EghtesadOnline: Europe should look to bypass US payment systems by creating its own financial channels on the lines of a European monetary fund and international bank transfer system like SWIFT, Germany's foreign minister has said.
Writing in the German Handelsblatt newspaper, German Foreign Minister Heiko Maas called for setting up independent payment channels, largely as a way for European businesses to avoid US sanctions targeting any firms—whether inside or outside the US–that do business with Iran.
"As Europeans, we have clearly told the Americans that we consider phasing out the nuclear deal with Iran a mistake," Maas said in an op-ed for Handelsblatt on Wednesday, CNBC reported.
"The first US sanctions are back in force. In this situation, it is of strategic importance that we clearly tell Washington: We want to work together. But we will not let you act over our heads. Therefore, it was right to protect European companies from legal sanctions," Financial Tribune quoted him as saying.
"It is therefore essential that we strengthen European autonomy by setting up payment channels independent of the US, creating a European Monetary Fund and building an independent SWIFT system. The devil is in the thousand details."
Maas stressed that every day that the Iran nuclear agreement continues to exist is better than the highly explosive crisis that otherwise looms in the Middle East.
While the SWIFT system oversees international bank transfers, the creation of a European monetary fund would solidify the bloc's ability to assist countries hit with economic crisis. The creation of independent financial channels would allow it and its businesses to avoid prohibitive sanctions but would likely deepen an ideological schism between the US and Europe that has grown during the tenure of US President Donald Trump.
However, German Chancellor Angela Merkel told reporters Wednesday that while relations with the US had changed, she was not in favor of creating a new payments system.
"We have some problems in our dealings with Iran, no question; on the other hand we know that on questions of terrorist financing, for example, SWIFT is very important," Reuters reported the German leader as saying.
The news came as Republican lawmakers in the US called for Iran to be expelled from SWIFT, as the Trump administration steadily reimposes sanctions on the country following the US withdrawal from the Iran nuclear deal.
A group of 16 GOP senators led by Ted Cruz of Texas urged Treasury Secretary Stephen Mnuchin on Thursday to take "all necessary steps" to disconnect Iran from the SWIFT network, which allows financial institutions to send and receive information about banking transactions.
"Quick robust enforcement will be critical for the administration's maximum pressure strategy to succeed," they wrote.
"The administration's maximum pressure campaign will not succeed if the Islamic Republic remains connected to SWIFT."
SWIFT is short for the Society for Worldwide Interbank Financial Telecommunications. It is based in Belgium, but its board includes executives from US banks and federal law gives the administration authority to act against Iran's central bank and other banks covered by terrorism and money laundering sanctions.
Breaking With Past
Aside from threats of import tariffs and NATO criticism, Trump's decision in May to withdraw from the 2015 international nuclear agreement was a particular major blow for US-European relations.
Germany had helped France, Britain, Russia, China and the US, under then-president Barack Obama, to broker the deal with Iran and had tried to persuade Trump to remain within the pact.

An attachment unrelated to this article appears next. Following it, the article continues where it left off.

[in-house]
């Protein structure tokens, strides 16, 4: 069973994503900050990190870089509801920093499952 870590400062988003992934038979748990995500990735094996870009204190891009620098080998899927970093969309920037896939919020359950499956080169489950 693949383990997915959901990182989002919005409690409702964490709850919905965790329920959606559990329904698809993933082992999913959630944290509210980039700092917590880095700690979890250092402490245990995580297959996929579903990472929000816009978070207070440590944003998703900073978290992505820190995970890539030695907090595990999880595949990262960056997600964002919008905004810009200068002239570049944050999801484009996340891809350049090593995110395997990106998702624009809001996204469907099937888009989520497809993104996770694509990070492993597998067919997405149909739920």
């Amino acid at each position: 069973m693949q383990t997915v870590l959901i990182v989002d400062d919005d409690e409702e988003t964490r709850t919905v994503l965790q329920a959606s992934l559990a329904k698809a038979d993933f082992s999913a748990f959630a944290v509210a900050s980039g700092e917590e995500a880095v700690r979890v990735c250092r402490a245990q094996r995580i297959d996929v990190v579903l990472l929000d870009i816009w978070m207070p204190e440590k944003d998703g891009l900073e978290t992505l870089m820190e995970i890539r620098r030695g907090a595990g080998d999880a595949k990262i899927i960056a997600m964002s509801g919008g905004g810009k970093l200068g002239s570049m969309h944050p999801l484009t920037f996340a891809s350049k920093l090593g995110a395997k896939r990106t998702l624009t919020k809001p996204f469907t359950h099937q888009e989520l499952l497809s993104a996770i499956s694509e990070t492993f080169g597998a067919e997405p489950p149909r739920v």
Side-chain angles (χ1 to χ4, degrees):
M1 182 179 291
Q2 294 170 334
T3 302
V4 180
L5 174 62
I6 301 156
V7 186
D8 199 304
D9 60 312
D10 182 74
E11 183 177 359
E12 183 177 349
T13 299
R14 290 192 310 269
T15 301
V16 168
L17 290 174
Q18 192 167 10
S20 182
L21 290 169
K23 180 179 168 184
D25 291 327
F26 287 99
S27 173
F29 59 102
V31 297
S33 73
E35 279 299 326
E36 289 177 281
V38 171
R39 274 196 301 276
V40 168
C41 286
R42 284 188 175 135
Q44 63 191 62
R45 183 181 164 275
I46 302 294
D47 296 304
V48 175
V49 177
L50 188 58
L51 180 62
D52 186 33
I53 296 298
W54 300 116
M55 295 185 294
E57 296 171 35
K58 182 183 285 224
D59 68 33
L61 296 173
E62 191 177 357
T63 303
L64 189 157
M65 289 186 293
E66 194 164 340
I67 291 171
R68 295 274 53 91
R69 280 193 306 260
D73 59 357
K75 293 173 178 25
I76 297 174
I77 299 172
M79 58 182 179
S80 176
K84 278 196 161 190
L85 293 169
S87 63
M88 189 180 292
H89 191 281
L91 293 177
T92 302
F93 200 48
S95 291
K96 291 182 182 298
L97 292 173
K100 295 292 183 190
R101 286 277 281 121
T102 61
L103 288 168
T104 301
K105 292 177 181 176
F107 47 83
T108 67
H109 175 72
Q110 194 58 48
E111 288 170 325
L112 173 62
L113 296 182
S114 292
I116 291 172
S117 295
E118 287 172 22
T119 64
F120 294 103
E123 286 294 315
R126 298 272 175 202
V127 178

US sanctions were reimposed on Iran in early August, nevertheless, and the US said any companies doing business with Iranian entities, even those outside the US could be subject to secondary sanctions, much to the chagrin of Europe.
Germany, Britain and France are looking at ways to save the deal and how to prevent their own companies from pulling out of Iran, although a number have already done so, including French oil giant Total and German engineering giant Siemens.
Maas said that while history and a striving for peace had bound Europe and America, "looking back does not lead to the future. It is high time to reevaluate our partnership—not to leave it behind, but to renew and preserve it," he said, noting that "the US and Europe have drifted apart for years".
Later on Wednesday, the German Foreign Ministry backed up the comments by Maas, who is a member of Germany's Social Democratic Party, a junior partner in Merkel's ruling conservative alliance.
The foreign ministry said Maas' comments reflect the German government as a whole and that the article, although based on Maas' opinions, was meant to stir a debate about relations with the US, Reuters reported.
The ministry spokesperson added that "keeping financial channels open is vital to save the Iran deal".
People familiar with SWIFT said that creating a second, European SWIFT without US ties or a dedicated European messaging link to Tehran would not work, as they would remain part of the same group that includes US members.
The issue was not SWIFT but longstanding European frustration with the dollar’s dominance in global finance and the cross-border political power it confers on the United States, they said.
“All this is about the aspiration to have an alternative to dollar payments. SWIFT is both a global standard and a messaging infrastructure, and fragmenting that would defeat the purpose of what SWIFT is about,” said Nicolas Veron, a financial services specialist at Bruegel think tank in Brussels.
EU diplomats said Trump’s America First stance on trade and Iran was fuelling a rethink about EU dependency on the US financial system.
“He is forcing us to explore alternatives … or we can’t carry out our own policies,” a diplomat said.